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But she was relentless. “We need this phase of wintertime,” she insisted. “It’s part of the season.”

Turns out, she was right. Readers often point out this page as “a refreshing look at a gloomy task”, and “a reminder to render to Caesar what is Caesar’s”, a reference to Matthew 22:21.

However, as I approach my own season of retirement, I’m beginning to see at least one of the benefits of gathering in all the papers, the receipts, the records.

Accuracy will ensure my future; integrity will protect me and also my children.

It’s not always about the amount of the return, or the date it hits your bank account, or how you might spend the proceeds.

It’s really about the annual passage from a messy pile of papers to a tidy result that’s beautiful – like a poem.

Please visit the link to see my newly-launched book, “Breath of Joy! Winter Whispers in the greeting card version. Or, check out the hardcover coffee table book version here.

This blog, Coffee with Kathy, was reprinted by permission of the author. We appreciate Kathy Joy’s support of www.booksforbondinghearts.com/shop, timely gifts for all seasons.

Faith, Soothing Rain, Taxes, Money, Law, Tonya Jewel Blessing, winter

A Clear Conscience

By Tonya Jewel Blessing  
christonyablessing@gmail.com

My recent novel, The Melody of the Mulberries, set in Appalachia in the late 1920s, includes a continued racial and legal dilemma from the first story in the Big Creek series. At that time, and until the landmark U.S. Supreme Court decision of Loving v. Virginia, it was against the law for people of different skin colors to marry. The characters in my story are forced to make the difficult decision of obeying or disobeying the law.Interracial Marriage Date Map by State

I won’t give away what happens in The Melody of the Mulberries, but the situation addressed certainly gives food for thought, and it runs into another issue that is often difficult to obey.

PAYING TAXES

I often have a bad attitude about income taxes. A couple of years ago, I prepared the information, sent it off to the accountant, and then received a coupon of sorts which I mailed to the I.R.S. with the additional taxes owed.

I then realized when reviewing the income tax return that I’d made a mistake.

To correct the mistake meant paying additional tax preparation fees and also additional money owed to the government.

In all honesty, I waffled back and forth for a couple days about correcting the information. I am not sure what that says about my character but since the amount was trivial it didn’t seem worth my effort, the efforts of our ministry bookkeeper, or the efforts of our already extremely busy accountant.

THEN, during my personal time with God, I read Romans 13.

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Photo by Artem on Pexels.com

“Give to everyone what you owe them: Pay your taxes and government fees to those who collect them and give respect and honor to those who are in authority.” (Romans 13:7 NLT)

The passage begins by discussing the importance of submitting to governing authorities. Authority comes from God, and that those in positions of authority have been placed there by God.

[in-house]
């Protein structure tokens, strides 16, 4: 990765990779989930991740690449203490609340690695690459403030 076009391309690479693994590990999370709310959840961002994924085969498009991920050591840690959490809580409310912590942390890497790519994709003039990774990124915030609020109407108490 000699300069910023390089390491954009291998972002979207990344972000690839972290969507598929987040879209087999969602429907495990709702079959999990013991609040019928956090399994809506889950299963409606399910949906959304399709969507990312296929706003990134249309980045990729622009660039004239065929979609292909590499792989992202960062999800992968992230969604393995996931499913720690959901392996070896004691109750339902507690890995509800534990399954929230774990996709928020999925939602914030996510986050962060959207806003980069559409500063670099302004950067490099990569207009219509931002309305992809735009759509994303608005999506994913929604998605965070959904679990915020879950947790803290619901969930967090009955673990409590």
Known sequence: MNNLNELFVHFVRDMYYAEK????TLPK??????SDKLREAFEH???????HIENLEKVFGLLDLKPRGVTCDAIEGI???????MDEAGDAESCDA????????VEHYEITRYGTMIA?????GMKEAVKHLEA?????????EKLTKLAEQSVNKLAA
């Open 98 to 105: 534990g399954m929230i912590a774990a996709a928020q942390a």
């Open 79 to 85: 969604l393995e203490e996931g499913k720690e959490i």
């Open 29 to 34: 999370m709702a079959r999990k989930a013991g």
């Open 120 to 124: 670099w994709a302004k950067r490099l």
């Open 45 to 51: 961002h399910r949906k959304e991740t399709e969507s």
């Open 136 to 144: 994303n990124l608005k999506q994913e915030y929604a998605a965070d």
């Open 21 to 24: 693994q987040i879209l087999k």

Romans 13:2 goes a step further in saying that those who rebel against authority are rebelling against what God instituted. Romans 13:4 (NLT) states, “The authorities are God’s servants, sent for your good. But if you are doing wrong, of course, you should be afraid for they have the power to punish you.”

As I continued my study in Romans, the following verse gave clear direction about my tax dilemma, “Pay your taxes, too…” (Romans 13:6 NLT). I sent the corrected information to the accountant, and the return was amended, and additional money paid.

For the record, I don’t believe in blind obedience. I don’t believe in following an institution that doesn’t follow God, but I do believe God puts people in all types of authority (family, church, communities, politics), and, as a Christian, I am mandated by God to recognize authority, pray for those in authority and to be respectful and honoring of those in leadership.

As a gentle reminder, it is very important to file taxes on time!

https://www.irs.gov/newsroom/what-are-the-benefits-of-filing-and-paying-my-taxes-on-time-irs-options-can-help

 Internal Revenue Service reminds taxpayers about the importance of timely filing and paying their taxes, and that there are several options available to help people having trouble paying.

For those who need it, here is a list of Free Tax Preparation Software.

Taxpayers should file on time, even if they can’t pay the full amount due. Then, they should pay the rest as soon as they can. Remember, the sooner paid, the less owed.

Benefits

  • Avoid added interest and penalties.
  • Avoid losing future refunds. Part or all of any refund is first used to pay any back taxes owed.
  • Safeguard credit. If the IRS files a tax lien against a taxpayer, it could affect credit scores and make it harder to get a loan.

a) When is it okay to break the law?

b) In the times in which we live, what circumstances might we face where that decision would need to be made?

c) If we suffer for obeying authorities, will the Lord show Himself faithful to us?

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New, 2019! Book Two, The Melody of the Mulberries sends sixteen-year-old Coral Ashby in search of a Charleston prisoner. Charlie is being held for crimes committed against her family. Her family is not happy about this adventure, and Ernest is faced with dilemmas of the heart and duty.